The CHR provided crucial support for the struggles against apartheid; for the protection of victims of the Latin American dictatorships; and has for many years has provided the "front line troops" to bring to light, or protect from, some horrific abuses. Through the active participation of NGOs, very rare in international forums, victims of abuse were able to bring governments to the court of world opinion, and even on occasions victims were able to confront their abusers. But as it moved from being the body setting the norms for governmental behaviour, to one which monitored observance of these norms, membership of the CHR became attractive to countries which had little regard for the norms, as membership provided a way of deflecting criticism.

An organisation made up entirely of representatives of governments is always going to be political. Indeed through much of its life, the CHR was an intensely political forum for the Western and Eastern blocs to fight the Cold War. But since the end of the Cold War, the "selectivity, double standards, and politicisation" of debate at the CHR has been intense, and has masked the positive work, supported by the overwhelming majority of nations, that has gone on quietly in the background.

The new Human Rights Council - consisting of 47 nations to be elected from the General Assembly on May 9 this year, and meeting for the first time on June 19 - will be as effective as it is allowed to be by nations of the world. Over the coming weeks before the elections and the first meetings, NGOs will be meeting to push for the best possible start for the council, and to ensure that the positives are taken forward, and the negatives left behind.

It is a shame that the Australian Government has decided not to seek membership of the first Human Rights Council - it's indicative of how far human rights and international development has slipped down the national agenda, and also a reaction to the increasing international criticism of some of Australia's domestic policies, to which the Federal Government is a lot more sensitive than they pretend. But Australia has committed itself to working with the new council, and this extract from Australia's joint statement with Canada and New Zealand earlier this month expresses the challenge clearly.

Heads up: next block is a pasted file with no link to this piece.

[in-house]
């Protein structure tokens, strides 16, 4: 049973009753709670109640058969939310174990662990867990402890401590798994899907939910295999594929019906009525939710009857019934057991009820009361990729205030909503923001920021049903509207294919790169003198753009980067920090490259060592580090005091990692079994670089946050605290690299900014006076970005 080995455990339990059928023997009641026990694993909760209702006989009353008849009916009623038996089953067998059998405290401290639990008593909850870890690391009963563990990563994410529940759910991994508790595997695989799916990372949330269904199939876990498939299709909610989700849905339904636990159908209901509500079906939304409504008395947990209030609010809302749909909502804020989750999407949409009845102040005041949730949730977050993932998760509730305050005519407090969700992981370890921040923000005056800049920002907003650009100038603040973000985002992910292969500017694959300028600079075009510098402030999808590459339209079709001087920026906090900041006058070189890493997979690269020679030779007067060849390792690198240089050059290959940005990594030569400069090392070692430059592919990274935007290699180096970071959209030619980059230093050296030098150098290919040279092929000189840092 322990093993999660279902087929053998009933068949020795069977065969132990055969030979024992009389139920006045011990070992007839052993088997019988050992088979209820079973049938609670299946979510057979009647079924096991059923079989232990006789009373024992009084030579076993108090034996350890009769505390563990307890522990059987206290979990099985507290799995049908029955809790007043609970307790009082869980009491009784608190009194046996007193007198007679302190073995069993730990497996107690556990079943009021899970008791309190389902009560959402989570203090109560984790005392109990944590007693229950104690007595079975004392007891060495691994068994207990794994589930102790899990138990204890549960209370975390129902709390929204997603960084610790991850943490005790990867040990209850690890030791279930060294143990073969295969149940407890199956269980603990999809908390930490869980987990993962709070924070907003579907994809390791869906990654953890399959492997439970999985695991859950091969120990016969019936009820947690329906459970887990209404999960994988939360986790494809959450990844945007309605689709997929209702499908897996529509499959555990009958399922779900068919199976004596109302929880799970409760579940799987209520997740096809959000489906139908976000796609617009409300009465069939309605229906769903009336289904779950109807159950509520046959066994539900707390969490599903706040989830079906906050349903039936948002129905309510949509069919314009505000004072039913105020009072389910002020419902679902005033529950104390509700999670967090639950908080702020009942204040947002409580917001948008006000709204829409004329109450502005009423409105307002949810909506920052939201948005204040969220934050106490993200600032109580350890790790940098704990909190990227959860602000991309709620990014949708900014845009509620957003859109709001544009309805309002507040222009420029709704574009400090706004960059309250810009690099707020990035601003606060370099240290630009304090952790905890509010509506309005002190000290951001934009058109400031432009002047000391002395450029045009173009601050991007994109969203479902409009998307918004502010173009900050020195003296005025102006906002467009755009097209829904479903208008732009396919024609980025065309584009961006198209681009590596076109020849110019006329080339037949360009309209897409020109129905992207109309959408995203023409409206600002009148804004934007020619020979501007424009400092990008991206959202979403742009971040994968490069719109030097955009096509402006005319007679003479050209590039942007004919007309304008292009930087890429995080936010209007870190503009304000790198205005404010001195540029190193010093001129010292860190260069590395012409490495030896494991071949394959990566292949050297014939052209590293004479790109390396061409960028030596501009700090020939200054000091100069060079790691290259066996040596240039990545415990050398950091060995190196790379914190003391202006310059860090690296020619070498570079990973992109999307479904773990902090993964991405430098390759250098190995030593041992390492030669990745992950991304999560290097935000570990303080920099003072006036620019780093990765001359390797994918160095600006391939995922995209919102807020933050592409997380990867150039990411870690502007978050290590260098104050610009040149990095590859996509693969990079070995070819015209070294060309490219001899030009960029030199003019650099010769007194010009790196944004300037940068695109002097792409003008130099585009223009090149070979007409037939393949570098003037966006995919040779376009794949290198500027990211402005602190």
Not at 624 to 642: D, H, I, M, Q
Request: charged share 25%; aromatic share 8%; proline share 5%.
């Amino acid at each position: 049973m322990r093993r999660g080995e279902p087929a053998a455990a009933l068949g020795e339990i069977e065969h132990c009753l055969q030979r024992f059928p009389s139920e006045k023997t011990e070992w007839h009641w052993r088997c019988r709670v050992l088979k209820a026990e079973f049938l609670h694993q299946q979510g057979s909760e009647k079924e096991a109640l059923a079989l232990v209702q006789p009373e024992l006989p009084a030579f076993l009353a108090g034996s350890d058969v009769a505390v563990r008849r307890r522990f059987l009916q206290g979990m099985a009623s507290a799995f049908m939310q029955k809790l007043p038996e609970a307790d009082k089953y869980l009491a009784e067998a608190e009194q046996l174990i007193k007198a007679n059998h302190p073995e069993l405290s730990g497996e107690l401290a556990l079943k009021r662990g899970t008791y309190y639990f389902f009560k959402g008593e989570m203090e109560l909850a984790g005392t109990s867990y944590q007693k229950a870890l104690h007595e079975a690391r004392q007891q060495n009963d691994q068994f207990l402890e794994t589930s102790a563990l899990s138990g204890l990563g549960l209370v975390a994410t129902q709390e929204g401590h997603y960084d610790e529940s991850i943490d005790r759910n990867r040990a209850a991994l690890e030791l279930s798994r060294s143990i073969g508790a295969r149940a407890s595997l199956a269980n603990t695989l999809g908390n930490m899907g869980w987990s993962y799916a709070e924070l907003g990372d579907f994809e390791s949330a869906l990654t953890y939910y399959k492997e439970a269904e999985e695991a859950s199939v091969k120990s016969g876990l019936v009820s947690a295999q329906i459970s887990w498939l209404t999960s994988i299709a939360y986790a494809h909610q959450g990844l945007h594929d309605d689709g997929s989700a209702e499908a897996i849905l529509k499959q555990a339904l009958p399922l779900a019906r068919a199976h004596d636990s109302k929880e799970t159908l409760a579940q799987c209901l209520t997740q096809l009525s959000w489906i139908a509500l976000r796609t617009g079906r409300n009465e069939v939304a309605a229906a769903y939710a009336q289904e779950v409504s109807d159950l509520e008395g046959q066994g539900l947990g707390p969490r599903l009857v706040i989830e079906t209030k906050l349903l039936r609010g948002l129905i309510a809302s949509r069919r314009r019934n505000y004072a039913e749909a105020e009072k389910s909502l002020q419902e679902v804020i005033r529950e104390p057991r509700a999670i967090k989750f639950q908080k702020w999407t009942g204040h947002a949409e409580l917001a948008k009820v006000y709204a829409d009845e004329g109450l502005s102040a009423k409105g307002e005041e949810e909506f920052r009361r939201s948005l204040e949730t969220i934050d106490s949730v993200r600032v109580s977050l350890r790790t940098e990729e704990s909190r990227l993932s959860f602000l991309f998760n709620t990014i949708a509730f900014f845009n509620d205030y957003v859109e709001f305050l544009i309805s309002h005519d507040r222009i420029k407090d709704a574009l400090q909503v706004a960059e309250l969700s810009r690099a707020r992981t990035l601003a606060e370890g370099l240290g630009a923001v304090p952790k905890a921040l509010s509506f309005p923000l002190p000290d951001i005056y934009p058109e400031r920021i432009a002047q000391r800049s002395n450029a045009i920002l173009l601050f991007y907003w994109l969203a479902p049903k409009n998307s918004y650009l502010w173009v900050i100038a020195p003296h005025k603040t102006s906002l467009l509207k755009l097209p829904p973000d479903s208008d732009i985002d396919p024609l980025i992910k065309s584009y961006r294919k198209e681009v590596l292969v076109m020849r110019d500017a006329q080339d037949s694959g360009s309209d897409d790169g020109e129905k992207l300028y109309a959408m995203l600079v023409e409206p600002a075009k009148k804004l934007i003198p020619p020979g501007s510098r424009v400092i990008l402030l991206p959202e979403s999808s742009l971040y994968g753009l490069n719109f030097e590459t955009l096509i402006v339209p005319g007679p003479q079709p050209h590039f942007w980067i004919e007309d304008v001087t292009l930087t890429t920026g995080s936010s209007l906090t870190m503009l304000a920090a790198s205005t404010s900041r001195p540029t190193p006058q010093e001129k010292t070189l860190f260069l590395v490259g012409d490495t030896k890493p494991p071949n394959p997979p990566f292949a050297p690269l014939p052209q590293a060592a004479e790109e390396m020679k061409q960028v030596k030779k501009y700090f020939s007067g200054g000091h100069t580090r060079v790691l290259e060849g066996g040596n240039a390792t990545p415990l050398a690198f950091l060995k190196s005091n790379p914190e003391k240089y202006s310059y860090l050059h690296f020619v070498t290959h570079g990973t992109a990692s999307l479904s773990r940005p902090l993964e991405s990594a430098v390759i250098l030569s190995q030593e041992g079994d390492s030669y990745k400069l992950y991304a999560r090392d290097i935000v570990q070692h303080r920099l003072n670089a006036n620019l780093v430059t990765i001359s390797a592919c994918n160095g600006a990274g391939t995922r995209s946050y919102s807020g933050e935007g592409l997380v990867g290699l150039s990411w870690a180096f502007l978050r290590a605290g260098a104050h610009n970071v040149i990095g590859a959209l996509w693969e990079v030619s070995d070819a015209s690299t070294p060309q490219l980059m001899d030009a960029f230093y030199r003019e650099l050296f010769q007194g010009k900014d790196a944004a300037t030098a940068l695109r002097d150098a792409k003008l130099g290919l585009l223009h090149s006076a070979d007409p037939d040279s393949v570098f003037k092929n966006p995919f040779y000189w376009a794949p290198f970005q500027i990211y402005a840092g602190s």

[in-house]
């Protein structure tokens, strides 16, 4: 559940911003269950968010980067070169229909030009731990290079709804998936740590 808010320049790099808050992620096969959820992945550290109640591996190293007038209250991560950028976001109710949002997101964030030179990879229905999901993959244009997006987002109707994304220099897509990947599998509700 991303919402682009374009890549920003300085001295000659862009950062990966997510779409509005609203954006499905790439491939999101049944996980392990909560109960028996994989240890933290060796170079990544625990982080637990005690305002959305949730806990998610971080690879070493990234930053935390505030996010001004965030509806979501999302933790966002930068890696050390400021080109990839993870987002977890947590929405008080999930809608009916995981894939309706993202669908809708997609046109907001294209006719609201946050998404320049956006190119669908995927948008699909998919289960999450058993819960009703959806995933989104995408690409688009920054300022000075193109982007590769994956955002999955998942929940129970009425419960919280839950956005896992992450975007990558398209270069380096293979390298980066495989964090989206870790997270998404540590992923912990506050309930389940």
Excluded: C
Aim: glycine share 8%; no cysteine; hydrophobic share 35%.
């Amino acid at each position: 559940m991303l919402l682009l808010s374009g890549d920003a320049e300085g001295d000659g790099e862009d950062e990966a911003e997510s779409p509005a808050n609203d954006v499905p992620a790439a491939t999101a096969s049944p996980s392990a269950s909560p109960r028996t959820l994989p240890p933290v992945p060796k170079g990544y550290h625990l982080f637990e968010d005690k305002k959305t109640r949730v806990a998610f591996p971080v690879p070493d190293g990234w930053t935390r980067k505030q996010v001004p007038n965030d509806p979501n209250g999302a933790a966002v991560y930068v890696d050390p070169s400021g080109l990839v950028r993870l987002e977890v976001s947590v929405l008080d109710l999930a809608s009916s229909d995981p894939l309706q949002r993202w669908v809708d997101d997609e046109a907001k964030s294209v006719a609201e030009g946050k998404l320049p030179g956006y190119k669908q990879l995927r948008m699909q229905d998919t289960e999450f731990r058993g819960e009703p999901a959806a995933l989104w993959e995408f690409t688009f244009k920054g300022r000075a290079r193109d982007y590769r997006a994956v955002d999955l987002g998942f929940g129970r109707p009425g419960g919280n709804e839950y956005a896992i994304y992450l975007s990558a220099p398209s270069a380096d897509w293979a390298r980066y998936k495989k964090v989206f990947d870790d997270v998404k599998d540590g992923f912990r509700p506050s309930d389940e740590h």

To make a success of the Council will require a conscious commitment to bringing practical improvements to the lives of people far removed from the Council's location in Geneva. Together we must cultivate a new culture. One which is inclusive, operationally focused and in which there is no place for double standards. The Human Rights Council will be effective if it retains the respect of UN member states and civil society, adopts an equitable and robust program of work, involves the active participation of all UN members and if it has the authority to ensure its voice is heard and listened to by human rights violators. It will be effective if its voice gives hope to those whose rights have been violated.

The chairperson of the final session of the CHR said in his concluding statement:

The Commission will close its doors with a historic record that is on the whole positive from the stand point of human rights and international human rights law … The Human Rights Council will open its doors on 19 June. We hope it will be more effective and legitimate than the Commission … The Council has one intrinsic value in that its creation has been decided by an overwhelming majority of wills. As was the case with the Universal Declaration in 1948. The difference being that then there were 48 States of the United Nations, and now there are 192.

The world is a much more complex place, and memories of universal horror are fading for some. The new Human Rights Council provides an opportunity for a renewed commitment to the old standards, for application in a more complex world, and for situations that were not envisaged when the Universal Declaration was adopted. It will therefore be a much contested organisation, but one for which today there was a lot of sincere hopes expressed.